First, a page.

Answers: 1. 6.2 million, 2. Gerald Ford, 3. 'wah wah wah wah?, 4. Brown v. Board of Education, 5. Bob Dylan/Dylan Thomas, 5b. Coolio's Gangsta's Paradise, 6. Socrates, 7. doll, 8. Howard Gardner, 9. Erin Gruwell, 11.6 (according to a 2001 NEA study)
Monday, December 8, 2008
“When you’re working in a school,” she said, “stay away from the teachers’ lounge.” It was a statement that stuck with me because it seemed like an odd warning. For one thing, I didn’t know of many teachers who actually had time to visit the teachers’ lounge. And what dangers could lurk in one of these dingy, little rooms…besides empty calories and fat grams in the vending machines?
The wisdom behind Dr. Russell’s words didn’t really click until after I had been teaching for a few years. I realized that the teachers’ lounge isn’t a room. It’s anyplace where teachers gather to “vent.” And the dangers are many.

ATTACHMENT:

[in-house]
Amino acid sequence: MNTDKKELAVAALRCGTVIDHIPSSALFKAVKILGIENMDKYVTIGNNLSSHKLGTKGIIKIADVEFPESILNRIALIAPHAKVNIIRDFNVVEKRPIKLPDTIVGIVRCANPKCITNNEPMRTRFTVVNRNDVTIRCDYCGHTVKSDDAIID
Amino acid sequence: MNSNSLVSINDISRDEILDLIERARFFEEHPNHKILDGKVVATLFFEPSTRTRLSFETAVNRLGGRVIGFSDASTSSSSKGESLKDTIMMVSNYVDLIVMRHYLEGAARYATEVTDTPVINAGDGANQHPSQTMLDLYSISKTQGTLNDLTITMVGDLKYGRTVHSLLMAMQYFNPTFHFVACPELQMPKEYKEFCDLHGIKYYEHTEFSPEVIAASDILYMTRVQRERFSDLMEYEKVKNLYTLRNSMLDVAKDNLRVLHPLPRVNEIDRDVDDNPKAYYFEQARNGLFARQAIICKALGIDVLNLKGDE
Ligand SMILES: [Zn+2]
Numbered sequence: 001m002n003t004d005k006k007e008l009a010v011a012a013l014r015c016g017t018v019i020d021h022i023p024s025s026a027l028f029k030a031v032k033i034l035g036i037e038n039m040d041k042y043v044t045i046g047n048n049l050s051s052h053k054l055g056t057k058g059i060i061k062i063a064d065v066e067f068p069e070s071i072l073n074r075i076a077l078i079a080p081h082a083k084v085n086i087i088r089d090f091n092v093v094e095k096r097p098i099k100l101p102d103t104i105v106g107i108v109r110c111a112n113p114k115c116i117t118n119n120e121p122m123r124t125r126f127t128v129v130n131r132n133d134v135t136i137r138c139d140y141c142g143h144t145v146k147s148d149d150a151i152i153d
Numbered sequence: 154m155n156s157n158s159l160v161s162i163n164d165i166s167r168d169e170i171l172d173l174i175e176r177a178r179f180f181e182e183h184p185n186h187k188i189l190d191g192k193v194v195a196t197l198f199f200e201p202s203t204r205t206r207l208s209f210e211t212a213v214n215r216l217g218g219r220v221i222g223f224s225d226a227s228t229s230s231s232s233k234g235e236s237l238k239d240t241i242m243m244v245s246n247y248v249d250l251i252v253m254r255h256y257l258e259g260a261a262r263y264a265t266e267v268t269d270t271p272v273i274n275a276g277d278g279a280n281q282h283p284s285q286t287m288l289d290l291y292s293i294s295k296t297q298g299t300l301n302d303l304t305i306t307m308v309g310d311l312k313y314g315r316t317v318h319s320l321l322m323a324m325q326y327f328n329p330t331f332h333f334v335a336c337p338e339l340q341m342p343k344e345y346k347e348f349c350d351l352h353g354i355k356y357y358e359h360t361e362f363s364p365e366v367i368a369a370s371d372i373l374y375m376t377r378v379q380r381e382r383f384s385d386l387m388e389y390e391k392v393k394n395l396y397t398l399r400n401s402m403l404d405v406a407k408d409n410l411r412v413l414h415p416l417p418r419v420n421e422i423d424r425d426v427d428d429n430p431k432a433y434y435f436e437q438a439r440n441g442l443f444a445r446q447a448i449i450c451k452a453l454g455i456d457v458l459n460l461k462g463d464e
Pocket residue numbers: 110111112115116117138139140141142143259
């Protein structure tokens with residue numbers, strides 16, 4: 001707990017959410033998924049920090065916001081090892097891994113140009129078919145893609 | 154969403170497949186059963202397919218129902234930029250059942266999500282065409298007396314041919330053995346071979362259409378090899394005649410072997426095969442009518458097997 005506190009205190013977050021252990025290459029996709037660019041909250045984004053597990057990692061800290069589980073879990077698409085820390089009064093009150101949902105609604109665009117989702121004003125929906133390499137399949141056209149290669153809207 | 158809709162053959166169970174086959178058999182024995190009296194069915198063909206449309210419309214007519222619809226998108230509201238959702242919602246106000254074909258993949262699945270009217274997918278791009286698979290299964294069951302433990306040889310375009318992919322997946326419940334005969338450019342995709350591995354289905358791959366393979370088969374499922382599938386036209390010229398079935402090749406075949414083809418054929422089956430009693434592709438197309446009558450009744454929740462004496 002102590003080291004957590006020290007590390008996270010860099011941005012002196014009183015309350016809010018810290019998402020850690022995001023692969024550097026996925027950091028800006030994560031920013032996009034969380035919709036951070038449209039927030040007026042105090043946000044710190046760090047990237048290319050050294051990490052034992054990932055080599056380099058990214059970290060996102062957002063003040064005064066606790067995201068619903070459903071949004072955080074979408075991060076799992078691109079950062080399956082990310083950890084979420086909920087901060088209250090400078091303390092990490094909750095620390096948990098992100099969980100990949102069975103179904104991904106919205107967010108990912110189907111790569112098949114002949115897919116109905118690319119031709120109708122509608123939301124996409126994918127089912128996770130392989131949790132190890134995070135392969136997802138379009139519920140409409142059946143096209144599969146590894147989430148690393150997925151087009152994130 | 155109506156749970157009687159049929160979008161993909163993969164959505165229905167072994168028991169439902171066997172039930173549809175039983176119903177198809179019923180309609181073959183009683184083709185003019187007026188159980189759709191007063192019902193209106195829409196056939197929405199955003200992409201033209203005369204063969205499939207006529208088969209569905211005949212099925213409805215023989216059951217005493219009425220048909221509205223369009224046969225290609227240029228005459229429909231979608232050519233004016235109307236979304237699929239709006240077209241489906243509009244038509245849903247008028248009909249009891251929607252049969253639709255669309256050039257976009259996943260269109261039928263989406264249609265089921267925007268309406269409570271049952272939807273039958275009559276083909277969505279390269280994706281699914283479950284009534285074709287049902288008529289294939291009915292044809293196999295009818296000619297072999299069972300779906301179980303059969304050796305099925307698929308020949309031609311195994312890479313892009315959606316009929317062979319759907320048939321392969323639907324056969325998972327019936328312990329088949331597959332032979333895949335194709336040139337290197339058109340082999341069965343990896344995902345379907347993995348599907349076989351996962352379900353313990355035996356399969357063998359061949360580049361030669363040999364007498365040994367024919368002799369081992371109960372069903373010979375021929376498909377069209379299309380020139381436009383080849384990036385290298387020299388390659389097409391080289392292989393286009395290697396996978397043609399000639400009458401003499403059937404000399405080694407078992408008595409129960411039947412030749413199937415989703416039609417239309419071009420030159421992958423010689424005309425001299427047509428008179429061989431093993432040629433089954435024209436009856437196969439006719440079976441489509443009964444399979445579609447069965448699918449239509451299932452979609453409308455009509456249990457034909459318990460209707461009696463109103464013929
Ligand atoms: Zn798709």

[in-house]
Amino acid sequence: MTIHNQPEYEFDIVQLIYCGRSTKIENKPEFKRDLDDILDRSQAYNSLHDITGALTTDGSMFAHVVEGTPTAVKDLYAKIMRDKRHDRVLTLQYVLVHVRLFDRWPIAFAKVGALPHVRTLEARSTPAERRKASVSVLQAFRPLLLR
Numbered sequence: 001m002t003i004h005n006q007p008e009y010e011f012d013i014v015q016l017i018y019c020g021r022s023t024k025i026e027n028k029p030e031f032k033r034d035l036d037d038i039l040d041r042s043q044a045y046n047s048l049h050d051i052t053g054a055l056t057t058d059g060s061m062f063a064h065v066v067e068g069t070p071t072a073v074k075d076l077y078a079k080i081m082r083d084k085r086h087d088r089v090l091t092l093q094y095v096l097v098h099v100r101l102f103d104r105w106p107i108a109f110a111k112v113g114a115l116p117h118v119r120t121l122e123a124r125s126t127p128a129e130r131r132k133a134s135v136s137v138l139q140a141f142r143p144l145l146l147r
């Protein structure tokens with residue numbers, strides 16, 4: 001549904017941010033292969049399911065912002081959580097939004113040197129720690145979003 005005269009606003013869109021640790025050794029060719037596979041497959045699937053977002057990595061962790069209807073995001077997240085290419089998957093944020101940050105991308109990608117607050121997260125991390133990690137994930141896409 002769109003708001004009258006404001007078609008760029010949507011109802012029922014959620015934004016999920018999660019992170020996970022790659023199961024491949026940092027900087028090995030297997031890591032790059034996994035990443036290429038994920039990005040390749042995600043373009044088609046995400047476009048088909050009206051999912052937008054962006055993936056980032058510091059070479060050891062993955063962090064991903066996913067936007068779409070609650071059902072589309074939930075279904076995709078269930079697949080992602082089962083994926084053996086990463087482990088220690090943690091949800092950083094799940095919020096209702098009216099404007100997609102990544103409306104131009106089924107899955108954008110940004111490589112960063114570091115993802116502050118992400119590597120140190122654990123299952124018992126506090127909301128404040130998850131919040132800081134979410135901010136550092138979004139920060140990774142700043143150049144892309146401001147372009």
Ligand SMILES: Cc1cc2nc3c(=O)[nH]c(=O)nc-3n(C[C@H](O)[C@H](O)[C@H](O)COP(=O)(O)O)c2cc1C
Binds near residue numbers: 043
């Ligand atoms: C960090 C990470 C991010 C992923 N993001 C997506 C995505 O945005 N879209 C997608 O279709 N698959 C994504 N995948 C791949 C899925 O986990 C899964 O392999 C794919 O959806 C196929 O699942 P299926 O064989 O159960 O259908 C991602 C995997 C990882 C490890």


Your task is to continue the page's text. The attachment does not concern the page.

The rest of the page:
Gripes and Grumbles
Let’s face it. Complaining is an easy habit to fall into. When coworkers get together to chat, it’s usually not long before the talk turns ugly. The kids are hopeless. The parents should have never been allowed to have kids. Education is going you-know-where in a handbasket (whatever that is). It’s all doom and gloom once the ball gets rolling. Avoid the gripe sessions, and your day suddenly looks much sunnier.
The Rumor Mill
Another teachers’ lounge trap is the ever-present grapevine. It might be tempting to join in on the gossip sessions, but just remember that the rumor mill is not only unreliable, it’s fickle. Anyone who will share gossip with you will spread gossip about you. Gossiping leads to misunderstandings, hurt feelings, and awkward situations at work. Steer clear of teacher groups who are eager to delve into everyone else’s personal lives.
Sticks and Stones